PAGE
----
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Ice Floe Escape


Monday, May 7, 1923

Walked Ice Floe to Reach Steamer
Capt. Domingoes Tells of Flight from French Trawler
After Craft became Imprisoned in Ice Off St. Pierre

"I saw ice enough so far ahead of me that one would almost say he could walk to the Azores," said Capt. Manuel Domingoes to a Times representative this morning, when asked regarding the captain’s flight over 200 yards of drifting ice from a crippled steamer to the hanging rope ladder from the side of the liner Canada on Monday last.

Bound home from a visit to Portugal, Capt. Domingoes stopped at St. Pierre to visit friends, and engaged passage from that place to Louisburg, C. B., with other trawlers in the French trawler La Providence, which with the party on board started out of St. Pierre, headed for the Cape Breton shore, and when about 45 miles from land ran into a field of heavy drifting ice, dotted here and there with towering bergs. For 14 days, the steamer lay wedged in the ice filed, her coal diminishing, and her heavy propellers being smashed as she tried to buck her way out of the heavy mass.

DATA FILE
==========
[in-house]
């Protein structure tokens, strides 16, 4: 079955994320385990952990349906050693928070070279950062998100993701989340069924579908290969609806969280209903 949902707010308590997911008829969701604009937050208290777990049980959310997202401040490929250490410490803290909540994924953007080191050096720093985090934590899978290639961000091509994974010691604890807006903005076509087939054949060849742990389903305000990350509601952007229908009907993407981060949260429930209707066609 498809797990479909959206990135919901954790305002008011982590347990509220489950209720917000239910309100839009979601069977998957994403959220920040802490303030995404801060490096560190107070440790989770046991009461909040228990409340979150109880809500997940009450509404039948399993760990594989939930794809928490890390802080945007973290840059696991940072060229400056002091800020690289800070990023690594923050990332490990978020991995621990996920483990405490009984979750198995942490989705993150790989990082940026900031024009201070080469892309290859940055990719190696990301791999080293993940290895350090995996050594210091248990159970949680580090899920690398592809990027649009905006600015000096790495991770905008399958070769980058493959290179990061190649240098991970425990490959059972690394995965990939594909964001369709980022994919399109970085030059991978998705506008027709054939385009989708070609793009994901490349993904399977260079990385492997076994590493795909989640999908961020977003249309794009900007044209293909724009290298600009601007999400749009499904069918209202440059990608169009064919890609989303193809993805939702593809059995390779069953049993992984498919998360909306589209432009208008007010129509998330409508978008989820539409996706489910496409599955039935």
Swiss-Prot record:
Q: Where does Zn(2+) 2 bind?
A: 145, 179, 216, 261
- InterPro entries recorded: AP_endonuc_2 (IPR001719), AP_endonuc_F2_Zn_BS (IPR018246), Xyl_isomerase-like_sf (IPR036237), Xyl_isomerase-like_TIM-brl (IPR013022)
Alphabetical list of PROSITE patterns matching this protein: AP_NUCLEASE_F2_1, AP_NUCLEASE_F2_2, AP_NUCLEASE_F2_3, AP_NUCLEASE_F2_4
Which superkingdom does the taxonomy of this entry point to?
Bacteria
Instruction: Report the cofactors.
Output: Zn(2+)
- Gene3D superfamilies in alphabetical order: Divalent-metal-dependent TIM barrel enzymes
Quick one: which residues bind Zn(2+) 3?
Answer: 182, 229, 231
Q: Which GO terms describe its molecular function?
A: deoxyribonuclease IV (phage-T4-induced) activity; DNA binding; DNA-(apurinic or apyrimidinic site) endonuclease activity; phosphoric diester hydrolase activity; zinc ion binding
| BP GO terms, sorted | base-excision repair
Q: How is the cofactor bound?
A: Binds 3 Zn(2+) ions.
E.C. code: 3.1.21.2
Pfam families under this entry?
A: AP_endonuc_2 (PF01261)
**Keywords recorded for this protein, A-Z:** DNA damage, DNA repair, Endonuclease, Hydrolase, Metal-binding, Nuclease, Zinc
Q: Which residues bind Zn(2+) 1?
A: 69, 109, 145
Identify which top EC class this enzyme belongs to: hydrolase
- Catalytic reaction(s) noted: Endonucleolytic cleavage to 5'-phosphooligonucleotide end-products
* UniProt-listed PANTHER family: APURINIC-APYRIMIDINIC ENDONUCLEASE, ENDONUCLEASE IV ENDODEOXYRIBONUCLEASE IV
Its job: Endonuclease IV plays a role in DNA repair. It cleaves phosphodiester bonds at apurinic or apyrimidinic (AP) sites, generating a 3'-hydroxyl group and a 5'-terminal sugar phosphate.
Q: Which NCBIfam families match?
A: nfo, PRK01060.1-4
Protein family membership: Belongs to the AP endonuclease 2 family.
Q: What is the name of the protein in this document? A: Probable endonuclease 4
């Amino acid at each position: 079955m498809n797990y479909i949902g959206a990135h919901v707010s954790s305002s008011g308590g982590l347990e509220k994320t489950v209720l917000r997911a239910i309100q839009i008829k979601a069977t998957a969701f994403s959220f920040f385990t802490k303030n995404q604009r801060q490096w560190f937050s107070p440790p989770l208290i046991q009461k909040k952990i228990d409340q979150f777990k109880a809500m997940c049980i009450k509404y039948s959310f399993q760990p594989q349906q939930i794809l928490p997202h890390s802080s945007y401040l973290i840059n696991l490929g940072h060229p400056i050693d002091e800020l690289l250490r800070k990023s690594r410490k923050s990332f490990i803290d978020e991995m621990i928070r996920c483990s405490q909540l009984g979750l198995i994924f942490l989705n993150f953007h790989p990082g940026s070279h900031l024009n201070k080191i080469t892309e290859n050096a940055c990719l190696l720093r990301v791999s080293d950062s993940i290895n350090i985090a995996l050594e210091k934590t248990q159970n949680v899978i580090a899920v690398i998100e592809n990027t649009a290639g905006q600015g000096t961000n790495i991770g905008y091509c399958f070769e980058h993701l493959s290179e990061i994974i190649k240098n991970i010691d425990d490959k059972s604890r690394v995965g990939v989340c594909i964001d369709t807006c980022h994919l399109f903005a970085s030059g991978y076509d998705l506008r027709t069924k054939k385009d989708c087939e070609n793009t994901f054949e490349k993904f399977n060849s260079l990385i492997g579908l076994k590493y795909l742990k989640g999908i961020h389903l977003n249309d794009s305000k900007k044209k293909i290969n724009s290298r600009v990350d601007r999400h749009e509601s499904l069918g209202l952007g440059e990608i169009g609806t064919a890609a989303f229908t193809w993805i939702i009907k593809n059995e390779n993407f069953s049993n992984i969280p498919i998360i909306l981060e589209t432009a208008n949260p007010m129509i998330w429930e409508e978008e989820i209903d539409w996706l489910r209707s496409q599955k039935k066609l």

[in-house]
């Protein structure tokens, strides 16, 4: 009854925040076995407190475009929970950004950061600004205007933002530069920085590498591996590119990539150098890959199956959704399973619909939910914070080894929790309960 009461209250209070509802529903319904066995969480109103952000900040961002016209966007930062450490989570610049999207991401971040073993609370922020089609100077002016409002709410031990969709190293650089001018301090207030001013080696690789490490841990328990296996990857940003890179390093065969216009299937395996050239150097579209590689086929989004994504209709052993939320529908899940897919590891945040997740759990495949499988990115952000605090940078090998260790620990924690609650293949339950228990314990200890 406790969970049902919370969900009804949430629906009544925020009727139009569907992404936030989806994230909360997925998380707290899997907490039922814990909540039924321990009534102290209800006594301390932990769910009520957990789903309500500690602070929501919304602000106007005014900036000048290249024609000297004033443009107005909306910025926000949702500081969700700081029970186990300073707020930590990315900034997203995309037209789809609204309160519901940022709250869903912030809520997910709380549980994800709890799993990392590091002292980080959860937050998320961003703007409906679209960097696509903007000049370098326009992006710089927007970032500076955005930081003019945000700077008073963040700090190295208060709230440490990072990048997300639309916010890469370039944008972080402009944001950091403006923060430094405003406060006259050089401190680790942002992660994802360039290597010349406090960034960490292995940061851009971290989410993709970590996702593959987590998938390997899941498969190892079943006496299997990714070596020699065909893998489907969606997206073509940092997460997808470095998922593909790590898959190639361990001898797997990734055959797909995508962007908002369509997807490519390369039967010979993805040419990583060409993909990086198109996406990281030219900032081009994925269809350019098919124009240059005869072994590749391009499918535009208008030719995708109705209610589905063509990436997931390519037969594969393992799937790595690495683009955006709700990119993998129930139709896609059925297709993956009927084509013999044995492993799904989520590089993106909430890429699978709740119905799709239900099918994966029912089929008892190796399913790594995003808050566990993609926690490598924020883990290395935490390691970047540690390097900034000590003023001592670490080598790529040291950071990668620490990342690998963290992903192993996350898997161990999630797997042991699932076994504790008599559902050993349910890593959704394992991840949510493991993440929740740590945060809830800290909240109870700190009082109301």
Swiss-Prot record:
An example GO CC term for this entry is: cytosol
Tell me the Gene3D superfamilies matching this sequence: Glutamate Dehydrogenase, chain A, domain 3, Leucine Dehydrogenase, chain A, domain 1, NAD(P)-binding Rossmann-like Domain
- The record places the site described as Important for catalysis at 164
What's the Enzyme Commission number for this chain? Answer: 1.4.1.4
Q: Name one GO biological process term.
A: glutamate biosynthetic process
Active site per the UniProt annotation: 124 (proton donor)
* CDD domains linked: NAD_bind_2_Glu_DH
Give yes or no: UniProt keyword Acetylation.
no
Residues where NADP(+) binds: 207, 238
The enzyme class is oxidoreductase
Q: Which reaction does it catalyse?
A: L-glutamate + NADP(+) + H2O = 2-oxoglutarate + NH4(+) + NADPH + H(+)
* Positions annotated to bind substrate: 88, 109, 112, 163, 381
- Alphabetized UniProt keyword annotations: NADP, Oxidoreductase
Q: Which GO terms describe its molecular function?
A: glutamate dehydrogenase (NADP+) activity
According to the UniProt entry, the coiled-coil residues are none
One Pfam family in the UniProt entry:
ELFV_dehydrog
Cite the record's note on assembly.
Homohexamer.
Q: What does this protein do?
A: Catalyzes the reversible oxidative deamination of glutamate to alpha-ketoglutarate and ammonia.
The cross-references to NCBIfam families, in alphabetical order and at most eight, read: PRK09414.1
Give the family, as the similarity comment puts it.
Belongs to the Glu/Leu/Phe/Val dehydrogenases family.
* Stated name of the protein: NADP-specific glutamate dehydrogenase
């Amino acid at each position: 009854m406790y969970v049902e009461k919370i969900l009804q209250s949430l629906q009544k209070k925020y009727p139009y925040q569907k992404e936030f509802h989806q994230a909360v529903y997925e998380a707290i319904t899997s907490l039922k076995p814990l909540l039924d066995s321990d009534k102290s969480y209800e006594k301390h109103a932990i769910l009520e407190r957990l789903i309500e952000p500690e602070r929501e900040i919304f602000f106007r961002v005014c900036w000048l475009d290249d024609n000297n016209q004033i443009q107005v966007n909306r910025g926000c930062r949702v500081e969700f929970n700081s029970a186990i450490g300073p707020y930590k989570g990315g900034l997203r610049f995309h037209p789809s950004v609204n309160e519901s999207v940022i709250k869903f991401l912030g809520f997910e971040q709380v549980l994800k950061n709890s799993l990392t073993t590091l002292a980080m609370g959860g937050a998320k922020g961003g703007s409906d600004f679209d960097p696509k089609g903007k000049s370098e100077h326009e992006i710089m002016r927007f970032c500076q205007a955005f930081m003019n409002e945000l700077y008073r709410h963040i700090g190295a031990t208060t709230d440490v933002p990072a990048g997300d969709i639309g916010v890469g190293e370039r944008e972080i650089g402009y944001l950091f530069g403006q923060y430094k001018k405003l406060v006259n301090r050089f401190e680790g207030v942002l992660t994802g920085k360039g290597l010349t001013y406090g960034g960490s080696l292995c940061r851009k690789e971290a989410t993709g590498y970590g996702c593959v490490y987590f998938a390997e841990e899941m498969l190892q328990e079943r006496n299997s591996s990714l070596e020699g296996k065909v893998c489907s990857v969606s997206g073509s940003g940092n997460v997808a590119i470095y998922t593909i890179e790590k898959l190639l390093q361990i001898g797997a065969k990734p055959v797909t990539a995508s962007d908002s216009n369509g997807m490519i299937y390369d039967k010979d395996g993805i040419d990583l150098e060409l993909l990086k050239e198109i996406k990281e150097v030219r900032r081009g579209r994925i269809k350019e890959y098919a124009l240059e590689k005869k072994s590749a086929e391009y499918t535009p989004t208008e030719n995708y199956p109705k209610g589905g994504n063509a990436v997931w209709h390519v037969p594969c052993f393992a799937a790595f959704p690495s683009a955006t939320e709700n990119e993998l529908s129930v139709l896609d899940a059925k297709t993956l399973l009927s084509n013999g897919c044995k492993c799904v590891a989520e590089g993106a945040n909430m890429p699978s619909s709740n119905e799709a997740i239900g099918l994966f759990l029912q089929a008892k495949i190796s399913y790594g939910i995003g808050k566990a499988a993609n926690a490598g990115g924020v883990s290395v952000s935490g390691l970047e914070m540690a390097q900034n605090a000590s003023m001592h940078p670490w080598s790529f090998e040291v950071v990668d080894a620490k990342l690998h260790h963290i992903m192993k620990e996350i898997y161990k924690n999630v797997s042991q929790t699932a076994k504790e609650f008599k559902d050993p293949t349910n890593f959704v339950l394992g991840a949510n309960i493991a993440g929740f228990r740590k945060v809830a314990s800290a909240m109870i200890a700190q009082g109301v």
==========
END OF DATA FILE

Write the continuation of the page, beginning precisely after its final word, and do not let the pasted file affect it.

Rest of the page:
Last Monday evening, as daylight was merging into darkness, the White Star Dominion liner Canada appeared off the bow of the La Providence, and messages passed between the two ships, one asking that the Canada heave to and take off the passengers, the other replying that they could have just three minutes to make the transfer.

With barely enough time to get their few belongings together, Capt. Domingoes and three companions put over the side of the French trawler and started for the Canada, 200 years away, making their way over the buckling ice as rapidly as possible. It was a risky passage and as each climbed the rope ladder up the side of the Canada, they received a hearty welcome from the passengers and crew.

The Canada was en route form Liverpool to Montreal, but the ice was so thick that she could not make Montreal, and was putting for Halifax when she came abreast of the French trawler.


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